You know the people who love Lent?
The ones who go on and on and on about how much they love it, who are first in line for ashes, who seem to embrace their sacrifices as if it’s their only joy in life?
Those lively individuals who have metaphors comparing Lent to things that aren’t Lenten at all, who seem to walk around with a smile, and who seem to have no problem whatsoever with penance?
In case you haven’t guessed, I’m not one of them.
Oh, I get that Lent’s important. Even that it’s needed.
But I still hate it.
I hate it the way I hate vegetables and dental cleanings and giving up three hours of free time for a meeting.
I hate it for how it interrupts me and how it stretches me and how it forces me to face difficult inner situations.
Which is also why I love it.
Without Lent, I would just cruise along, not necessarily oblivious, but not necessarily aware. I would miss growth that may just be what gets me closer to heaven on my personal path to holiness.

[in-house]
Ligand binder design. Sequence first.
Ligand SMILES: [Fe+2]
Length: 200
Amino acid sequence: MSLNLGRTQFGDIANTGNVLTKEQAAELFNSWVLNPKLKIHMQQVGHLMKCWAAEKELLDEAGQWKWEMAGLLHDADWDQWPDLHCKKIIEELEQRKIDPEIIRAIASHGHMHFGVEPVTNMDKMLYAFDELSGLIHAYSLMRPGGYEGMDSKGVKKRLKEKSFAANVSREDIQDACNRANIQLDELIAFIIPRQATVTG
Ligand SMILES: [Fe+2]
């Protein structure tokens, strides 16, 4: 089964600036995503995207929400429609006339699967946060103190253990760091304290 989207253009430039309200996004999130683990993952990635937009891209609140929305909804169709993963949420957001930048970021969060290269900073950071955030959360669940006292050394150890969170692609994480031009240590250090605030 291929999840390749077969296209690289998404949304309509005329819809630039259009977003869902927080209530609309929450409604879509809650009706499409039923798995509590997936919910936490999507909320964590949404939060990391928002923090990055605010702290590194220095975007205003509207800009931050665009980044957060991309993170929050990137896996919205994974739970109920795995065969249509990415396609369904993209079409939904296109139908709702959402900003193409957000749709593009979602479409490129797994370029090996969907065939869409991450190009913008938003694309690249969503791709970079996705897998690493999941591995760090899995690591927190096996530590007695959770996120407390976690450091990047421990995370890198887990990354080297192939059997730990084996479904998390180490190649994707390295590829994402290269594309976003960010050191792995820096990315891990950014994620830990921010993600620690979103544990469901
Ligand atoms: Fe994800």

I can’t even imagine how unbearable I would be as a person without Lent. I mean, I’m pretty unbearable now!
Lent isn’t just an opportunity to cleanse my spiritual palate and get into a better set of habits, though it can certainly help with that. It’s not my chance to lose my taste for sweets or push myself to start some new physical regimen, in spite of the fact that it could, in fact, accomplish those very things.
Instead, Lent’s my chance to step closer to God by losing what’s blocking my way.
The three pillars of Lent—fasting, prayer, almsgiving—work together to make me closer to the person God wants me to be. As I reach (and fail) and stretch (and fail) and fall (and fail), I progress, tiny step by tiny step, along that path of holiness.
And, by God’s grace, I’ll end up farther along at the end of Lent than I was at the beginning.